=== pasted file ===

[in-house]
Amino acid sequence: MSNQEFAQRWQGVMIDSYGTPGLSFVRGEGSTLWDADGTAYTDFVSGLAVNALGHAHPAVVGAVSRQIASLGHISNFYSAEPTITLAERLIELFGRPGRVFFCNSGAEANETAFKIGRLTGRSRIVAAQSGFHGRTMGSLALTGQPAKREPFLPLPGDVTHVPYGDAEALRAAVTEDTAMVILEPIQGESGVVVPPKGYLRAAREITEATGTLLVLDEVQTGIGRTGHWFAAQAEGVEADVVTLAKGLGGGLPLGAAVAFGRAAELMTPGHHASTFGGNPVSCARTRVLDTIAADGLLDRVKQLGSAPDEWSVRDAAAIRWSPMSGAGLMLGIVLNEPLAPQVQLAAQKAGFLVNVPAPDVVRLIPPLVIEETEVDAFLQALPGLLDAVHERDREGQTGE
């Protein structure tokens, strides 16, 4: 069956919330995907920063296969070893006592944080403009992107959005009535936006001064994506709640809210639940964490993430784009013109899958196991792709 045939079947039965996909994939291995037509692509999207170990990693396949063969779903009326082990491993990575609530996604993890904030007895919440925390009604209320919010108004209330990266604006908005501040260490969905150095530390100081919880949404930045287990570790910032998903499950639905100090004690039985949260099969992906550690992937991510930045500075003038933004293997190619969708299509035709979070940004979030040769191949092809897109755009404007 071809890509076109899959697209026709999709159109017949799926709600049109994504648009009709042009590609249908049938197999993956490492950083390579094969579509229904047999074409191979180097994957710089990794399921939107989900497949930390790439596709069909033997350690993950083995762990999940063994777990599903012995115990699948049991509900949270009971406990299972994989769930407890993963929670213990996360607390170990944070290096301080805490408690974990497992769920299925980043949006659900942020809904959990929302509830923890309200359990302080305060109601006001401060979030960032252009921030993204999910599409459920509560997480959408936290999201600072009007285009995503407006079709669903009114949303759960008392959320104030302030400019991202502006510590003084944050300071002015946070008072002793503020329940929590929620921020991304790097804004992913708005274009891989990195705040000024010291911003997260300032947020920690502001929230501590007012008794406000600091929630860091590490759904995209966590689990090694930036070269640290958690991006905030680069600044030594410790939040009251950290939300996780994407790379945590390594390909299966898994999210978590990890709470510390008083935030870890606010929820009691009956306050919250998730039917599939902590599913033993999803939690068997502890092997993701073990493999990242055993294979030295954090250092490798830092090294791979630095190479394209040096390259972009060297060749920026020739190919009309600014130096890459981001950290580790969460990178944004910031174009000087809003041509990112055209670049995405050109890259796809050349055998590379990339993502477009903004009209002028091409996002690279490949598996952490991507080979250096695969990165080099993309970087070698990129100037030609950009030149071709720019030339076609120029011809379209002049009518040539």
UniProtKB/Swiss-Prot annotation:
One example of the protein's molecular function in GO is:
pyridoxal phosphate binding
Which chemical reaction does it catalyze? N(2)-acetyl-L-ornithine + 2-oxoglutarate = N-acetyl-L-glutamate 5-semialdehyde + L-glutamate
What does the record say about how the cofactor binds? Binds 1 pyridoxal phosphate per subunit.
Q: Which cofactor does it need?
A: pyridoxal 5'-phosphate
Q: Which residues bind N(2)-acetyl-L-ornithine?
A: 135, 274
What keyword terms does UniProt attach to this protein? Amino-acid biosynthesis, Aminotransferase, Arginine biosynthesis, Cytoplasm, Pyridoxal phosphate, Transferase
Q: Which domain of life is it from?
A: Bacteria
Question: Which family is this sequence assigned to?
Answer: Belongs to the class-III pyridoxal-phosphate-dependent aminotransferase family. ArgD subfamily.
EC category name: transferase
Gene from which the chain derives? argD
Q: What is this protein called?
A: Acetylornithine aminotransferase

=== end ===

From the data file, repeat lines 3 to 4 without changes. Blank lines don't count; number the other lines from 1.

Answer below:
């Protein structure tokens, strides 16, 4: 069956919330995907920063296969070893006592944080403009992107959005009535936006001064994506709640809210639940964490993430784009013109899958196991792709 045939079947039965996909994939291995037509692509999207170990990693396949063969779903009326082990491993990575609530996604993890904030007895919440925390009604209320919010108004209330990266604006908005501040260490969905150095530390100081919880949404930045287990570790910032998903499950639905100090004690039985949260099969992906550690992937991510930045500075003038933004293997190619969708299509035709979070940004979030040769191949092809897109755009404007 071809890509076109899959697209026709999709159109017949799926709600049109994504648009009709042009590609249908049938197999993956490492950083390579094969579509229904047999074409191979180097994957710089990794399921939107989900497949930390790439596709069909033997350690993950083995762990999940063994777990599903012995115990699948049991509900949270009971406990299972994989769930407890993963929670213990996360607390170990944070290096301080805490408690974990497992769920299925980043949006659900942020809904959990929302509830923890309200359990302080305060109601006001401060979030960032252009921030993204999910599409459920509560997480959408936290999201600072009007285009995503407006079709669903009114949303759960008392959320104030302030400019991202502006510590003084944050300071002015946070008072002793503020329940929590929620921020991304790097804004992913708005274009891989990195705040000024010291911003997260300032947020920690502001929230501590007012008794406000600091929630860091590490759904995209966590689990090694930036070269640290958690991006905030680069600044030594410790939040009251950290939300996780994407790379945590390594390909299966898994999210978590990890709470510390008083935030870890606010929820009691009956306050919250998730039917599939902590599913033993999803939690068997502890092997993701073990493999990242055993294979030295954090250092490798830092090294791979630095190479394209040096390259972009060297060749920026020739190919009309600014130096890459981001950290580790969460990178944004910031174009000087809003041509990112055209670049995405050109890259796809050349055998590379990339993502477009903004009209002028091409996002690279490949598996952490991507080979250096695969990165080099993309970087070698990129100037030609950009030149071709720019030339076609120029011809379209002049009518040539």
UniProtKB/Swiss-Prot annotation: